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Chiefs blast attorney general’s ‘distorted, revisionist account’ of Settlement Act negotiations

AUGUSTA, Maine – While tribal-state relations improved in the Maine Legislature this year, the Wabanaki chiefs took offense at what they called “distorted, revisionist” comments Attorney General Janet Mills made to the judiciary committee concerning the federal Maine Indian Claims Settlement Act of 1980 and its companion, the Maine Implementing Act.

Maliseet Chief Brenda Commander, Penobscot Chief Kirk Francis, Sipayik Passamaquoddy Chief Rick Phillips-Doyle, and Motahkmikuk Passamaquoddy Gov. William Nicholas wrote to Senate Chair Larry Bliss and House Chair Charles Priest, both members of the judiciary committee, and to other committee members to set the record straight.

“Attorney General Mills presented a distorted, revisionist account of the negotiating process that culminated in the Maine Implementing Act and Maine Indian Claims Settlement Act. We disagree with her statement that ‘Every word was meticulously and carefully chosen,’ giving the false impression that the two acts are somehow perfect agreements that should not be changed. Though the MICSA negotiation process lasted a number of years and involved thousands of hours spent by the negotiators, the notion that the MIA should not be amended because some exceptional level of legislative drafting was achieved is false,” they wrote.

Mills, a Democrat, was appointed by the legislature last December and is serving her first year.

In 2008, a tribal-state work group toiled for months on eight recommendations to amend the MIA. The recommendations were presented to the legislature where it was taken apart by the judiciary committee.

During the work group’s process, two of the original MICSA and MIA negotiators – John Paterson, the state’s former deputy attorney general, and Tim Woodcock, the former staff director of the Senate Select Committee on Indian Affairs – told the group that MICSA and MIA were meant to enhance and recognize tribal authority, not diminish it, and that MIA was supposed to be an organic document that would be revisited and amended as needed.

That hasn’t happened. Instead, over the decades the state and courts have worked to impose state jurisdiction on the nations.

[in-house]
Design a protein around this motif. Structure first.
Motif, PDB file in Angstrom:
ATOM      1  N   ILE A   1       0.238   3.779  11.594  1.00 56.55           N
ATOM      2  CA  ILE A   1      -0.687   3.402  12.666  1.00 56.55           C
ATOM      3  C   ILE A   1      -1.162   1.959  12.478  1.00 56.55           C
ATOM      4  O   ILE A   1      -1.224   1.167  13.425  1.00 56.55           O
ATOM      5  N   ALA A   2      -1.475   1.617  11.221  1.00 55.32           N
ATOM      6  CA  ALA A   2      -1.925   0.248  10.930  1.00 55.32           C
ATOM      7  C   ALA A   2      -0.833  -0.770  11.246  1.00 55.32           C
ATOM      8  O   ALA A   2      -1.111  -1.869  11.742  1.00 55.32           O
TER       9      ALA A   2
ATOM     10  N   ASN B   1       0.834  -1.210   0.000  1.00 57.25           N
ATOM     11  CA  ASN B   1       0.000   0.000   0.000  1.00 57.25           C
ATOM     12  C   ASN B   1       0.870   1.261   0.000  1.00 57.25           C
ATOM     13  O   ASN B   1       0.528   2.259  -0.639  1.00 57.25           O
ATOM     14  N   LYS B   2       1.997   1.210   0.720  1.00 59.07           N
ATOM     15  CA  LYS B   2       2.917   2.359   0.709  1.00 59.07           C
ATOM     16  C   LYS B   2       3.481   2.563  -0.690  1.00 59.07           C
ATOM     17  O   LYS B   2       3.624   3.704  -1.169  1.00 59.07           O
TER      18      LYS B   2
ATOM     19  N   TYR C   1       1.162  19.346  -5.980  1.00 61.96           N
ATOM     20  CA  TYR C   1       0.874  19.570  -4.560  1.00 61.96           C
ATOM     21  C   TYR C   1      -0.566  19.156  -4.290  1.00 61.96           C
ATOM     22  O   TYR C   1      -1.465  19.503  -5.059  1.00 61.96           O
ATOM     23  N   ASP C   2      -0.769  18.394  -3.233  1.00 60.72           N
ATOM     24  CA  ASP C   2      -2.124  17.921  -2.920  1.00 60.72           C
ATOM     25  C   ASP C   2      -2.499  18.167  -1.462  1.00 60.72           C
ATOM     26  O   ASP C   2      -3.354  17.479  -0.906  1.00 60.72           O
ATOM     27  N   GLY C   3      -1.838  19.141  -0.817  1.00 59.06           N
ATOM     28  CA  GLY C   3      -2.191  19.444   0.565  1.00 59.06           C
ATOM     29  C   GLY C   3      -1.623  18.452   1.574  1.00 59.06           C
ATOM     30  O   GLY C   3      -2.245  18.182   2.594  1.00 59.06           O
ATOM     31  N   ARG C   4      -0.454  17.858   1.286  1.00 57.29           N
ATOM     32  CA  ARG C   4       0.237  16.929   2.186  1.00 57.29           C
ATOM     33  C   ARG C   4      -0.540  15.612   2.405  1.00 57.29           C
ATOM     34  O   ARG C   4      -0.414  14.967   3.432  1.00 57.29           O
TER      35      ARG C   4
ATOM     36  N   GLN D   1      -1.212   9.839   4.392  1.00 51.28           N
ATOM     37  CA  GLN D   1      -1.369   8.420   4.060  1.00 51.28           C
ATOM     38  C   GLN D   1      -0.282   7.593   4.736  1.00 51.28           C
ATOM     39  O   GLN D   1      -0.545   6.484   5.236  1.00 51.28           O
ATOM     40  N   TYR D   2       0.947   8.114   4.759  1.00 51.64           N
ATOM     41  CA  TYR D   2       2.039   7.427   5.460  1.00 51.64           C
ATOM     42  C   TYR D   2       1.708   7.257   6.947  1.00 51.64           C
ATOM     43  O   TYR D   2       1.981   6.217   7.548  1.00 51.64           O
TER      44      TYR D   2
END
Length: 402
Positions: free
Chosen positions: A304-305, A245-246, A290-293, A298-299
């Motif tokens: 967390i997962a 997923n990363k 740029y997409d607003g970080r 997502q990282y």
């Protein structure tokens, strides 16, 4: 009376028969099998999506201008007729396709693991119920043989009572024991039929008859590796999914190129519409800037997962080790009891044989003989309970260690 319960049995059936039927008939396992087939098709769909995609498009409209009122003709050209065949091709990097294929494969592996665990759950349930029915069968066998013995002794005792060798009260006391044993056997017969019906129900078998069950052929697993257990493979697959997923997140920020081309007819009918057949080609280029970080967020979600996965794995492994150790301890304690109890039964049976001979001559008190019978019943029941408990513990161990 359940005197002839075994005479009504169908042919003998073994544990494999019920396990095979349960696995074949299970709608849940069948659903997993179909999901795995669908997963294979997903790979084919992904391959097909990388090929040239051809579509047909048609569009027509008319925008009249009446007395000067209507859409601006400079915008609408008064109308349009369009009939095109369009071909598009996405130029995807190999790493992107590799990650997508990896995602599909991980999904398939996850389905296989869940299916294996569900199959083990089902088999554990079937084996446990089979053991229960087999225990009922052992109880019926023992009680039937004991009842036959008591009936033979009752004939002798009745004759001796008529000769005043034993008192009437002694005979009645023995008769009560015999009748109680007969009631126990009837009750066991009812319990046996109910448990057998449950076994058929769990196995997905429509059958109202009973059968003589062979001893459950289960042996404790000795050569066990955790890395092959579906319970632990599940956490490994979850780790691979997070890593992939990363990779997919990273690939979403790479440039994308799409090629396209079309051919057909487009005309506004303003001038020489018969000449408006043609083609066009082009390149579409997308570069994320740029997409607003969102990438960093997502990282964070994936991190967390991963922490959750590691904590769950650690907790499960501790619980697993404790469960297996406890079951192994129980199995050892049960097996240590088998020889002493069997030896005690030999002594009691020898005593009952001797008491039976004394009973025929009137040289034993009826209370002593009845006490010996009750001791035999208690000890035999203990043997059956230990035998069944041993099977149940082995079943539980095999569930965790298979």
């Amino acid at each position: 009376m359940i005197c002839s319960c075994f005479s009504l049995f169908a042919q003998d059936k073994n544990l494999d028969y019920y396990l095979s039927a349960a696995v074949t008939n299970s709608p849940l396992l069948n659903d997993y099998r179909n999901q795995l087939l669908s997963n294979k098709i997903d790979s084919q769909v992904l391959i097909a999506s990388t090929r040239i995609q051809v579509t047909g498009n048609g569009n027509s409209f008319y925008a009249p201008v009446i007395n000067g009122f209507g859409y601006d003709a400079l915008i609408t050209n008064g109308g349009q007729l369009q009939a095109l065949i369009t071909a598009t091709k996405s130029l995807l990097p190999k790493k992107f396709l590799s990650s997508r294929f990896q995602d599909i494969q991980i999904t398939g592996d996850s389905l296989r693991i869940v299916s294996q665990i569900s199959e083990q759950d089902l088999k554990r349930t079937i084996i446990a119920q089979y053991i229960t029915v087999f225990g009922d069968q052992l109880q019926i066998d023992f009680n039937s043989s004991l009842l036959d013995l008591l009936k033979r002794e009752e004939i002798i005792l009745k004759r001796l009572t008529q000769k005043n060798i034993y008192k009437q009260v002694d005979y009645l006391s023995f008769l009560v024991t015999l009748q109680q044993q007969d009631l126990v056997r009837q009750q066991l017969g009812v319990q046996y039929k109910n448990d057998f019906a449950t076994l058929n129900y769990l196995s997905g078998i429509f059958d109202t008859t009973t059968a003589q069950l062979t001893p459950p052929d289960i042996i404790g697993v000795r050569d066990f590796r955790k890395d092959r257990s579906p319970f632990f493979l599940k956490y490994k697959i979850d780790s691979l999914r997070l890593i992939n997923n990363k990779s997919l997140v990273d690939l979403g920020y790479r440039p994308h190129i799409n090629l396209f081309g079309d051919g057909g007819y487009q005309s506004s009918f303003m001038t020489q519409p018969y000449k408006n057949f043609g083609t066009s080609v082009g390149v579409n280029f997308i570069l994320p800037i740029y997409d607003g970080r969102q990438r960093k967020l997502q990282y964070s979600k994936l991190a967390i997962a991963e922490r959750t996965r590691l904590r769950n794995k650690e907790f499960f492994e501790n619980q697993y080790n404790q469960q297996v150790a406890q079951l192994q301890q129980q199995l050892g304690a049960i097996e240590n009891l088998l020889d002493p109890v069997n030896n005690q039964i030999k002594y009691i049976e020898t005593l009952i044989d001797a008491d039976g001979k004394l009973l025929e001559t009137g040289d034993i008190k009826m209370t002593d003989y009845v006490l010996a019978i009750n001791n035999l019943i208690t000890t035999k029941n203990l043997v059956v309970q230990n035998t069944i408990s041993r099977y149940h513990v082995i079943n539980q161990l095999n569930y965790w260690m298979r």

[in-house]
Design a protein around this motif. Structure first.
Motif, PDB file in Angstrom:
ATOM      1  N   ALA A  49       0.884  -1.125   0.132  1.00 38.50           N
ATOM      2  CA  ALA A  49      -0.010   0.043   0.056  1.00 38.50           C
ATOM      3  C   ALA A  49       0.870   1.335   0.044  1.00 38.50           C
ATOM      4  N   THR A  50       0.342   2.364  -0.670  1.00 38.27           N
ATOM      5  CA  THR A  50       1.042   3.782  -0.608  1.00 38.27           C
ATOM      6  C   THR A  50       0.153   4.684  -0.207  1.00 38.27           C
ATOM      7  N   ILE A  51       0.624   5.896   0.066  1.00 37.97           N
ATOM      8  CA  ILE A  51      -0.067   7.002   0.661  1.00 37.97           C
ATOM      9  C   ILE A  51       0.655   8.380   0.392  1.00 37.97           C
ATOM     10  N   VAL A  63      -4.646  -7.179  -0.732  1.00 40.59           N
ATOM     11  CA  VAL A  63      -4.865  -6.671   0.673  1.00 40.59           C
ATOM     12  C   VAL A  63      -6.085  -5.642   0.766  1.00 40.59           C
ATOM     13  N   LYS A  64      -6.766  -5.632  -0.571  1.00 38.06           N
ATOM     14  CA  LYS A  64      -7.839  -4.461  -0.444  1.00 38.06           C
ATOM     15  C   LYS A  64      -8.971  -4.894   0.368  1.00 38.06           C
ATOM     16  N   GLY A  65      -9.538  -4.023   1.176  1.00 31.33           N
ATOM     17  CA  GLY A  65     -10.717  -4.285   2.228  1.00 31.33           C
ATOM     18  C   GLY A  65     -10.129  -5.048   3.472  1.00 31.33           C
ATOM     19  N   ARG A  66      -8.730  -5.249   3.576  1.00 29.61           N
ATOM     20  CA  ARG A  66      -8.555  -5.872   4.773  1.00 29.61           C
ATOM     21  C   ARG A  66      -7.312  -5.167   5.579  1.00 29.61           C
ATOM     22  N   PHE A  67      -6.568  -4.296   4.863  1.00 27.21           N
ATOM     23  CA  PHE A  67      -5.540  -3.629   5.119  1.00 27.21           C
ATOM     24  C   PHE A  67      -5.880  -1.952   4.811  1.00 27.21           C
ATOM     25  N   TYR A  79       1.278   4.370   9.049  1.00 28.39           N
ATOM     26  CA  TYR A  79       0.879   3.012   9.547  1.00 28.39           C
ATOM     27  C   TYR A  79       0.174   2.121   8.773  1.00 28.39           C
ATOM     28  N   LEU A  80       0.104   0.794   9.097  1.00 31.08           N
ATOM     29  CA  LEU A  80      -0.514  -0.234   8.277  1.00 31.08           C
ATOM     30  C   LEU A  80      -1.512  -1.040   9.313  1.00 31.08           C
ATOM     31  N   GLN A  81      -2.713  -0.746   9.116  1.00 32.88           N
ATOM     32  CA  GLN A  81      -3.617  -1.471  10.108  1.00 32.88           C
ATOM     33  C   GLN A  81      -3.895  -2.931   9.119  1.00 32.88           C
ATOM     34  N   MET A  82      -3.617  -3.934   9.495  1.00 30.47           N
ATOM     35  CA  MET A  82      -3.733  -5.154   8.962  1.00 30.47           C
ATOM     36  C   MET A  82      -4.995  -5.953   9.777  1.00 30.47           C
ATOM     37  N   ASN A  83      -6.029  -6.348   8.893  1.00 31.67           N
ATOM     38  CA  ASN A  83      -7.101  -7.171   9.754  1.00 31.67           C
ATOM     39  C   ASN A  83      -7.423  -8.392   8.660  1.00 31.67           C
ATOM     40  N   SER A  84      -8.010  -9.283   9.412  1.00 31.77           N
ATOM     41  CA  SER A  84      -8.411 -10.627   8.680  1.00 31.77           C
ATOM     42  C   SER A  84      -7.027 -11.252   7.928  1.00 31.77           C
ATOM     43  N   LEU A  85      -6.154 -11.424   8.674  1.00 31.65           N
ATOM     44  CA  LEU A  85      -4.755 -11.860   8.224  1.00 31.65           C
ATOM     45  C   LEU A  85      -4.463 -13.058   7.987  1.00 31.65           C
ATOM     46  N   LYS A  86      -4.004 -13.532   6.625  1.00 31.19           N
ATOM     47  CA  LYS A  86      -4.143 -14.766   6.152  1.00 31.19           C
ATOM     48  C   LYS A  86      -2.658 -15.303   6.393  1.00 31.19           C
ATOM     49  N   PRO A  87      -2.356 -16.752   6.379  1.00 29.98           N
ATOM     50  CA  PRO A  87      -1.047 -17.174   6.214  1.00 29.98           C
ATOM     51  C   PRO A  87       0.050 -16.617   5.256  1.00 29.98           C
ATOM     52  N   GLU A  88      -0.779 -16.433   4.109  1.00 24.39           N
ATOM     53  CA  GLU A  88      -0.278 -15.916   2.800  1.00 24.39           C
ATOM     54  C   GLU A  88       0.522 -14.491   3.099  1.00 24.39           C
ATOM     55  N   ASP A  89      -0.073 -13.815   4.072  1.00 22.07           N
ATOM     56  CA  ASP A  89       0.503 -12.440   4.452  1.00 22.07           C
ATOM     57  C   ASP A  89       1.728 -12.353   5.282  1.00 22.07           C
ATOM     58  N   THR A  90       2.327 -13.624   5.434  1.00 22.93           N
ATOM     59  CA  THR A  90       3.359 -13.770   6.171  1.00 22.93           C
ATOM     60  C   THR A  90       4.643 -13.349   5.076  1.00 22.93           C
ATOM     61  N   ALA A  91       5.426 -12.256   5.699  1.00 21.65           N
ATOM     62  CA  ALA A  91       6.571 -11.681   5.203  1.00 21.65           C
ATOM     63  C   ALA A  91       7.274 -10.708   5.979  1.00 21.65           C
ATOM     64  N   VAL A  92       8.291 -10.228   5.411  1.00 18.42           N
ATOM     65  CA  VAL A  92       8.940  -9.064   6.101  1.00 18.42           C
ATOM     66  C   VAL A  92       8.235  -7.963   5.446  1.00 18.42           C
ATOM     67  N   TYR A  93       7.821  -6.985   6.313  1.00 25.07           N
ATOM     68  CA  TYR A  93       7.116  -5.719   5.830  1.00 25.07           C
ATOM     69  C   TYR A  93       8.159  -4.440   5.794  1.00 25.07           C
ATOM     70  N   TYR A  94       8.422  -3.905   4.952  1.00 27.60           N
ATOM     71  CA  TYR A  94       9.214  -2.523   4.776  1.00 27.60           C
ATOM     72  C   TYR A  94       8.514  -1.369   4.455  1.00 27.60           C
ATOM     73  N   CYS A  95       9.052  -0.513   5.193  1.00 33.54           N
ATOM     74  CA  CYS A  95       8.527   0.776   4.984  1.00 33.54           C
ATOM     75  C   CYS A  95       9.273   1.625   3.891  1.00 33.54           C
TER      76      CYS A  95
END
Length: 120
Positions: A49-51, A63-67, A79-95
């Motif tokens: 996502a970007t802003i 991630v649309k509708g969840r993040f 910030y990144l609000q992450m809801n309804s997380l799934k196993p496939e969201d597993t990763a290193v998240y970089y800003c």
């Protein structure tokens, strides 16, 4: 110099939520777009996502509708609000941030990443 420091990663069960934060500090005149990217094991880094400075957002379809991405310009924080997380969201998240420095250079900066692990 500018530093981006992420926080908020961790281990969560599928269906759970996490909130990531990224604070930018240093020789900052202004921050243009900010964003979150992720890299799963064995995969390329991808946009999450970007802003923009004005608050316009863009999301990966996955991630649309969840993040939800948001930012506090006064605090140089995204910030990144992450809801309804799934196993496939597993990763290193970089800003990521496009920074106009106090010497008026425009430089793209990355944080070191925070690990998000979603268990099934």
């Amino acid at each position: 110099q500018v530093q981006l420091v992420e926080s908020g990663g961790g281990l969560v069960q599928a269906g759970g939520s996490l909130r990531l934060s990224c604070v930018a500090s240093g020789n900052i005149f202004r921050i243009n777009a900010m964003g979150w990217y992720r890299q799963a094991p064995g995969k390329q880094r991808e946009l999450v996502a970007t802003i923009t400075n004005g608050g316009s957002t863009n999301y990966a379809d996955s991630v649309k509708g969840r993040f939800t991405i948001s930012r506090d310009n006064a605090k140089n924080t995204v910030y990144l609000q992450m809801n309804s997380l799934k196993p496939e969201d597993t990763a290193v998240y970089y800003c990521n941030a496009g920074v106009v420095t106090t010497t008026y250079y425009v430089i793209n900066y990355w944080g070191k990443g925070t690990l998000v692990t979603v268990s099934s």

The chiefs provided a concise history of the settlement and implementing acts in their letter. They described how some of the language in the statutes was deliberately vague because the negotiators couldn’t agree on specific provisions. The negotiators hoped the good will which developed during the difficult negotiations would continue and support future required changes to the acts.

Disappointingly, the chiefs wrote, the negotiators’ understanding that further amendments were needed slowly evolved into “a fiction” on the part of some powerful Maine politicians that the acts should not be changed because “a deal is a deal.”

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The letter provides an education for legislators and other officials such as Mills who may not be familiar with the tribes’ contemporary history.

In testimony to the Senate Select Committee on Indian Affairs in1980, for example, Gov. Joseph Brennan said, “I do not think anybody can boldly assert that this (Settlement Act) was the perfect resolution. I think it is a reasonable one, but where there are consequences that may not have been contemplated, I think they have to go back and be resolved.”

Attorney General Richard Cohen in 1997 said, “There seems to be a belief that the (Settlement Act) was signed and that it’s carved in stone. There has to be some disabusing about that. There were many issues that were subject to discussion and further legislation at that time.”

Those issues have never been addressed, and instead the erosion of self-governance which was intended “to protect the vitality of our unique tribal lifestyle, and the exercise of tribal rights in maintaining our distinctive spiritual and cultural connection to our land and water resources, borders on termination,” the chiefs said.

The chiefs appeal for communication and rapprochement.

“To restore the original agreement and recapture a sense of equity and justice, we need to return to negotiations to determine what is fair and just and not hide behind a shield of presumed statutory language,” they wrote.

The chiefs called for “political discussion, not distorted legal constructionism by people not even directly involved in the original negotiations. If we want to discuss the true intent of the Act we should consult with those individuals knowledgeable about why certain provisions were included.”

The nations will not accept anything that lessens their full inherent sovereignty, the chiefs said.

“Our Wabanaki Nations have safeguarded what we know today as the State of Maine for thousands of years. We intend to remain here until the end of time. We accept that we have these large and powerful neighbors. … The way to ensure our peaceful and prosperous co-existence is through genuine discussion and reaching agreements that benefit all our peoples. We will never accept anything less than the inherent sovereignty we derive from GhChe’Nawais, our understanding of God.”

The chiefs could not be reached for comment by press time. However, Wayne Mitchell, the legislative representative of the Penobscot Nation, said to his knowledge they have not received a response to the letter.